Can you receive disability for coronary artery disease? Yes, there are options to receive disability benefits for coronary artery disease. Coronary artery disease is the most common form of heart disease in the United States. It is also a deadly disease, responsible for the loss of 370,000 Americans each year. Yet despite how widespread coronary artery disease is, many of us are unfamiliar with how disabling this condition can be.
Even before coronary artery disease causes heart attacks, it can cause extreme fatigue, shortness of breath, chest pain, and other symptoms. This can make it difficult for an individual to continue to work — particularly if they have a physically demanding job.
Long-term disability (LTD) benefits can close the gap, offering monthly payments to help you maintain financial stability during a challenging time. A Cherry Hill disability benefits attorney can work with you to help you successfully apply for this type of benefit.
What Is Coronary Artery Disease?
What Is Coronary Artery Disease? Coronary artery disease is a disease that develops when the blood vessels that supply the heart with blood, oxygen, and nutrients — the coronary arteries — become damaged or diseased. This is usually due to a build-up of plaque, which contains cholesterol, along with inflammation.
A build-up of plaque leads to a narrowing of the coronary arteries, which decreases blood flow to the heart. Eventually, this may cause chest pain, shortness of breath and other signs of coronary artery disease. If these arteries become completely blocked, it may cause a heart attack.
What are the Symptoms of Coronary Artery Disease?
The symptoms of coronary artery disease include:
- Chest pain (also known as angina), typically on the middle or left side of the chest
- Shortness of breath
- Heart attack
Coronary artery disease may lead to heart failure due to a chronic deprivation of oxygen and nutrients. It can also cause an abnormal heart rhythm, known as an arrhythmia.
Coronary artery disease is diagnosed through a number of physical exams, medical history, and a number of diagnostic tests. These may include an electrocardiogram (ECG), an echocardiogram, a stress test, a cardiac cauterization and angiogram, and a heart scan.
Treatment for coronary artery disease includes lifestyle changes, medication, and certain medical procedures. If lifestyle changes such as losing weight, reducing stress, quitting smoking, exercising and eating healthy foods are not enough, then various drugs may be used to treat this condition.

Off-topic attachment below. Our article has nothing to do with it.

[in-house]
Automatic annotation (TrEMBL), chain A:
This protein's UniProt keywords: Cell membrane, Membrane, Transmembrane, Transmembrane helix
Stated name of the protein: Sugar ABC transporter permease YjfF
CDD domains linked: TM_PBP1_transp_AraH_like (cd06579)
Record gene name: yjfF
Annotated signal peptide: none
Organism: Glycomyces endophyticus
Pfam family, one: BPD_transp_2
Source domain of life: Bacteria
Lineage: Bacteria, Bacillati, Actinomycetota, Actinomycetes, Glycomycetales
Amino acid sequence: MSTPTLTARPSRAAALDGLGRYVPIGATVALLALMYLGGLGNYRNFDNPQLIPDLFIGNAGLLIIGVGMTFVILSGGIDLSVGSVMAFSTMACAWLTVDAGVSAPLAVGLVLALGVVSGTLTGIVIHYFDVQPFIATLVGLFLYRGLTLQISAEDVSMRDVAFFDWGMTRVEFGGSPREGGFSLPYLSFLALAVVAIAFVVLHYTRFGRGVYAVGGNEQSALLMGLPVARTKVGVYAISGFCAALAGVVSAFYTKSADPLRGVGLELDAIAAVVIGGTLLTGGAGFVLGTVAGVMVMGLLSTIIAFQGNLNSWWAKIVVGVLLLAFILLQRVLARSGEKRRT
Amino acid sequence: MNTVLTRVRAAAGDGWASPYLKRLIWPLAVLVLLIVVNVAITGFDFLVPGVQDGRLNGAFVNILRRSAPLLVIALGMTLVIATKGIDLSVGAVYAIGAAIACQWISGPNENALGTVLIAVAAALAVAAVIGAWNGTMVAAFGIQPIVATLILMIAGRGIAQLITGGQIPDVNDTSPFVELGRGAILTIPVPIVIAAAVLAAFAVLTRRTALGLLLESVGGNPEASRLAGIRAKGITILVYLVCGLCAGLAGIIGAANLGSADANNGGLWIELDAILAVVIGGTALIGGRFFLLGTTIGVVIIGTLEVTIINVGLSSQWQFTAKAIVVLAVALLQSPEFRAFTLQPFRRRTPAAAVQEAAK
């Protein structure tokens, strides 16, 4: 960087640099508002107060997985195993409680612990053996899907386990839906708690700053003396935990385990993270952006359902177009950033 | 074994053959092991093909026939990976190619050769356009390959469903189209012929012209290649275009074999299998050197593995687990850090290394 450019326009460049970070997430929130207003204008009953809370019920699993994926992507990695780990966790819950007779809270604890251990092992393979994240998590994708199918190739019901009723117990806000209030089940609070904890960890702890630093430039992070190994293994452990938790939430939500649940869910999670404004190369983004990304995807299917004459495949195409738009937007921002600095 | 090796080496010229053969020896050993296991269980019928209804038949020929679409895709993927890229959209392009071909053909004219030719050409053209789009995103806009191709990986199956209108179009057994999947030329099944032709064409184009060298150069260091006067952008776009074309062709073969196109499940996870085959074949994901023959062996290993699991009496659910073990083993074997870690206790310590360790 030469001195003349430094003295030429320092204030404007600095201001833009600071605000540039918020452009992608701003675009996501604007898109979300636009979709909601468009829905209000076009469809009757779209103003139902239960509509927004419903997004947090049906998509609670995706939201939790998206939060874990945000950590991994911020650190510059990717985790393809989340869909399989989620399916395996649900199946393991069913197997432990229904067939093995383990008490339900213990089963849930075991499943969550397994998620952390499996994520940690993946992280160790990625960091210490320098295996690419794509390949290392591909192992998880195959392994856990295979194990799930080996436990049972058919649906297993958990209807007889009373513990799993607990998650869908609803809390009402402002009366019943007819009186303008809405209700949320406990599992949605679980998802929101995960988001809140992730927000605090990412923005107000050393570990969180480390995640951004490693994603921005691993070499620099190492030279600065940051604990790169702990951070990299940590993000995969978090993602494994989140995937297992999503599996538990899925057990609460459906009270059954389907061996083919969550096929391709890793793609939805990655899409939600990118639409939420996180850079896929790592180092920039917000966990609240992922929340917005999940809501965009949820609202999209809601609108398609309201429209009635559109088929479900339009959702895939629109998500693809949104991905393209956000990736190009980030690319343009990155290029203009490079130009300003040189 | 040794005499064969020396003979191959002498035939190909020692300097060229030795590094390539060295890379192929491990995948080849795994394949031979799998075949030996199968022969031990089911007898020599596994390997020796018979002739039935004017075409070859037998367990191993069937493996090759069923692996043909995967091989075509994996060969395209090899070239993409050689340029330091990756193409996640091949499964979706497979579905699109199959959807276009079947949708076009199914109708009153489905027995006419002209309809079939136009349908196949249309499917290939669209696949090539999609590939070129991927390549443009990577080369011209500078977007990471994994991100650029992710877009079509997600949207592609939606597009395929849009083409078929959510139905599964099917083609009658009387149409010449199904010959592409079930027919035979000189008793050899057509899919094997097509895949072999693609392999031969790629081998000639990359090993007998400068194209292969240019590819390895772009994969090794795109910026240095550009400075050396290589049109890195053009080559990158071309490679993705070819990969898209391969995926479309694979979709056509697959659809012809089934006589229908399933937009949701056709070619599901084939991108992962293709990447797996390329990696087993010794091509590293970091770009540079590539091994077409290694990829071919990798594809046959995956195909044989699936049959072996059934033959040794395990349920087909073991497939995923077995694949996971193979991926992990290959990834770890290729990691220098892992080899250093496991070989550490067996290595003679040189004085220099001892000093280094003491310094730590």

Typical medications used for coronary artery disease include drugs that lower cholesterol, aspirin, beta-blockers, calcium channel blockers, nitroglycerin tablets, ACE inhibitors and ARBs, and Ranolazine to help with chest pain. Surgical treatment, such as bypass surgery or stent placement, may be necessary for more advanced cases.
How Can You Qualify for Long-Term Disability If You Have Coronary Artery Disease?
How Can You Qualify for Long-Term Disability If You Have Coronary Artery Disease? To qualify for long term disability for coronary artery disease you will need to you will need to prove not only that you have a disability, but that this disability prevents you from working. LTD benefits are granted based on an individual’s inability to work due to a disability. Based on your specific policy, if you are approved for LTD benefits, you will receive a percentage of your salary each month (usually between 50 and 60%) for anywhere from 24 months until retirement age.
In the case of coronary artery disease, it is not enough to simply demonstrate that you suffer from this condition. Even if you have had a heart attack due to the build-up of plaque on your artery walls, it may not be sufficient to qualify for benefits. Instead, you have to show that the symptoms of your coronary artery disease make you unable to carry out your job duties.
This can be done in a number of ways. First, you will need to submit evidence that you have been diagnosed with coronary artery disease. To do so, you should submit medical records related to your diagnosis, including test results from an ECG, an EKG, or a stress test.
Once you have established that you have coronary artery disease, the next step is to show how your specific symptoms make it difficult (or even impossible) for you to work. Your treating physician can assist you with this by writing a letter giving their opinion about your limitations based on your condition.
For example, you may suffer from shortness of breath and severe fatigue due to the lack of oxygen reaching your heart. Your doctor may limit you to lifting no more than 10 pounds and to standing or walking no more than 1 hour in an 8-hour shift. This can demonstrate the ways in which your ability to work is compromised because of your coronary artery disease.
A disability benefits attorney can help you assemble the proper documentation, ensuring that you are meeting the definition of disability under the terms of your policy. Your lawyer can also monitor your claim, and then advocate for you throughout the process — including filing an appeal for you if your claim is wrongfully denied.
Want to Learn More? Contact Us for a Free Disability Claim Review
Coronary artery disease has the potential to lead to heart attacks — and can be seriously disabling to anyone who suffers from this condition. If you have been diagnosed with this illness, you may be entitled to long-term disability benefits through an individual or group insurance policy.
Bross & Frankel is dedicated to helping people who are unable to work due to an illness or injury. With more than 20 years of experience, we know the system — and how to get results for our clients. To schedule a free disability claim review, contact our office today at 856-795-8880 or reach out online.